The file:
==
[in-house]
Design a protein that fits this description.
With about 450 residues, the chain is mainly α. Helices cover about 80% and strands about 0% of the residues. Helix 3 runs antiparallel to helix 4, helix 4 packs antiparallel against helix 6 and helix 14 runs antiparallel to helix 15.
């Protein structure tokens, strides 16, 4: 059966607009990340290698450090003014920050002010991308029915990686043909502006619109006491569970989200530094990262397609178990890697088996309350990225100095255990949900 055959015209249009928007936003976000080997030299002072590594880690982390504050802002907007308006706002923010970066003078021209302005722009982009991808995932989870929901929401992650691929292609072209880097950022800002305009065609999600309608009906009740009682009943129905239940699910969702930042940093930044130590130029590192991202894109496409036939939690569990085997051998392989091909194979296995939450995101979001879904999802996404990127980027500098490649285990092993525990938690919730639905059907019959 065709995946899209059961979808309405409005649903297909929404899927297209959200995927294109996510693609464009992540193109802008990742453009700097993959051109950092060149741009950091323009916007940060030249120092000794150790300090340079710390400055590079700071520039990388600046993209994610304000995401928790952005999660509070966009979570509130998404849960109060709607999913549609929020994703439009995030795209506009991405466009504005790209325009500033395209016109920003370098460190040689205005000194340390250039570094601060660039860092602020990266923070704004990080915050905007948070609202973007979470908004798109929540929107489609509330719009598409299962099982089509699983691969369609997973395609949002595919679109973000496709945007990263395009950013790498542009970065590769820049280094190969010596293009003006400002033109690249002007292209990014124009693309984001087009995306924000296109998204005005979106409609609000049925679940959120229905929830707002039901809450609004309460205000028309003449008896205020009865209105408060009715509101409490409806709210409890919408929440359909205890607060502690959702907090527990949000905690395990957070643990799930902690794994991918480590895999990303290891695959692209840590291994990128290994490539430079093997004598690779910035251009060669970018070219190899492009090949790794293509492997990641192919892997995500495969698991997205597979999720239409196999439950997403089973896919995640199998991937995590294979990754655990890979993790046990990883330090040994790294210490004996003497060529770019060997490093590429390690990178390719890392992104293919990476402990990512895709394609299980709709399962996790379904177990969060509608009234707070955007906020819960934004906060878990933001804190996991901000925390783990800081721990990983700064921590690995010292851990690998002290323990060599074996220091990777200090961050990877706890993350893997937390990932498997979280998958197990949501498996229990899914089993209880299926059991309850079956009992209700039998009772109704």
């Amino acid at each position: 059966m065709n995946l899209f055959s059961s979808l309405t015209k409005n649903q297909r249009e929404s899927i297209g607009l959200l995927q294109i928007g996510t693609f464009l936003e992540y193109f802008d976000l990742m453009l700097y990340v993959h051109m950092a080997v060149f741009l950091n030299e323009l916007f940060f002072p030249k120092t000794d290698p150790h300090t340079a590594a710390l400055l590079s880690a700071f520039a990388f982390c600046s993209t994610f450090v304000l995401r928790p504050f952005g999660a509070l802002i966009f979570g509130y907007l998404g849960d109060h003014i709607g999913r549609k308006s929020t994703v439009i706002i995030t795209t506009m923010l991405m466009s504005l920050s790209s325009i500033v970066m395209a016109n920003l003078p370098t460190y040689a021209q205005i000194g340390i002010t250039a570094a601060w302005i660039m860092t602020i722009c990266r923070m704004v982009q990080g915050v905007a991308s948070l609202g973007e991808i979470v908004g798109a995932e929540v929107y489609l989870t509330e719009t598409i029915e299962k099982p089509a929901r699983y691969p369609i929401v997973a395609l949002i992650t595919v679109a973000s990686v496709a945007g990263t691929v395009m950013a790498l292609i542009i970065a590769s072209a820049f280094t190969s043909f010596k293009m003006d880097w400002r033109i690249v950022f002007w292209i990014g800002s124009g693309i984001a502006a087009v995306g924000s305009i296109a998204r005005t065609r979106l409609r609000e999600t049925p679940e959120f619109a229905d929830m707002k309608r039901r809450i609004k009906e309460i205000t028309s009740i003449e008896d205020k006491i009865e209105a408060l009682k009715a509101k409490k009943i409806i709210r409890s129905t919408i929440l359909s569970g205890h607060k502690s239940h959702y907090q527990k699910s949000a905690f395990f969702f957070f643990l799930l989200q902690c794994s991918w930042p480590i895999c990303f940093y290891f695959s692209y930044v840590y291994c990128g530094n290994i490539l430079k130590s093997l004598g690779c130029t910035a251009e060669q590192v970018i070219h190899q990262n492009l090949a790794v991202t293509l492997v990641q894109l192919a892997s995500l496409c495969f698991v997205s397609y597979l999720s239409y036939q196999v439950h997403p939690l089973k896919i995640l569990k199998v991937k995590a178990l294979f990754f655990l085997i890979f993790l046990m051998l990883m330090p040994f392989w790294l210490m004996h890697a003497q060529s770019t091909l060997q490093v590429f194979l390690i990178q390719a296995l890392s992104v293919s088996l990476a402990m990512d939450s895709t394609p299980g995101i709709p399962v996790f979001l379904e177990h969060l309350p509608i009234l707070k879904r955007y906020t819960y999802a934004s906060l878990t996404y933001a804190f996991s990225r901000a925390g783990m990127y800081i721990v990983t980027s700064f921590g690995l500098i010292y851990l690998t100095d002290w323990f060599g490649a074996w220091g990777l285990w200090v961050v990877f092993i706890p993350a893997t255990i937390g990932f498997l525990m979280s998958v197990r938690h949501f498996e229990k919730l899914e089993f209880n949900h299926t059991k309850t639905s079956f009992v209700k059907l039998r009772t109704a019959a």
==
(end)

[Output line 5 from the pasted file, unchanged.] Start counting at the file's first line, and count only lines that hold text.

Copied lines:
């Amino acid at each position: 059966m065709n995946l899209f055959s059961s979808l309405t015209k409005n649903q297909r249009e929404s899927i297209g607009l959200l995927q294109i928007g996510t693609f464009l936003e992540y193109f802008d976000l990742m453009l700097y990340v993959h051109m950092a080997v060149f741009l950091n030299e323009l916007f940060f002072p030249k120092t000794d290698p150790h300090t340079a590594a710390l400055l590079s880690a700071f520039a990388f982390c600046s993209t994610f450090v304000l995401r928790p504050f952005g999660a509070l802002i966009f979570g509130y907007l998404g849960d109060h003014i709607g999913r549609k308006s929020t994703v439009i706002i995030t795209t506009m923010l991405m466009s504005l920050s790209s325009i500033v970066m395209a016109n920003l003078p370098t460190y040689a021209q205005i000194g340390i002010t250039a570094a601060w302005i660039m860092t602020i722009c990266r923070m704004v982009q990080g915050v905007a991308s948070l609202g973007e991808i979470v908004g798109a995932e929540v929107y489609l989870t509330e719009t598409i029915e299962k099982p089509a929901r699983y691969p369609i929401v997973a395609l949002i992650t595919v679109a973000s990686v496709a945007g990263t691929v395009m950013a790498l292609i542009i970065a590769s072209a820049f280094t190969s043909f010596k293009m003006d880097w400002r033109i690249v950022f002007w292209i990014g800002s124009g693309i984001a502006a087009v995306g924000s305009i296109a998204r005005t065609r979106l409609r609000e999600t049925p679940e959120f619109a229905d929830m707002k309608r039901r809450i609004k009906e309460i205000t028309s009740i003449e008896d205020k006491i009865e209105a408060l009682k009715a509101k409490k009943i409806i709210r409890s129905t919408i929440l359909s569970g205890h607060k502690s239940h959702y907090q527990k699910s949000a905690f395990f969702f957070f643990l799930l989200q902690c794994s991918w930042p480590i895999c990303f940093y290891f695959s692209y930044v840590y291994c990128g530094n290994i490539l430079k130590s093997l004598g690779c130029t910035a251009e060669q590192v970018i070219h190899q990262n492009l090949a790794v991202t293509l492997v990641q894109l192919a892997s995500l496409c495969f698991v997205s397609y597979l999720s239409y036939q196999v439950h997403p939690l089973k896919i995640l569990k199998v991937k995590a178990l294979f990754f655990l085997i890979f993790l046990m051998l990883m330090p040994f392989w790294l210490m004996h890697a003497q060529s770019t091909l060997q490093v590429f194979l390690i990178q390719a296995l890392s992104v293919s088996l990476a402990m990512d939450s895709t394609p299980g995101i709709p399962v996790f979001l379904e177990h969060l309350p509608i009234l707070k879904r955007y906020t819960y999802a934004s906060l878990t996404y933001a804190f996991s990225r901000a925390g783990m990127y800081i721990v990983t980027s700064f921590g690995l500098i010292y851990l690998t100095d002290w323990f060599g490649a074996w220091g990777l285990w200090v961050v990877f092993i706890p993350a893997t255990i937390g990932f498997l525990m979280s998958v197990r938690h949501f498996e229990k919730l899914e089993f209880n949900h299926t059991k309850t639905s079956f009992v209700k059907l039998r009772t109704a019959a």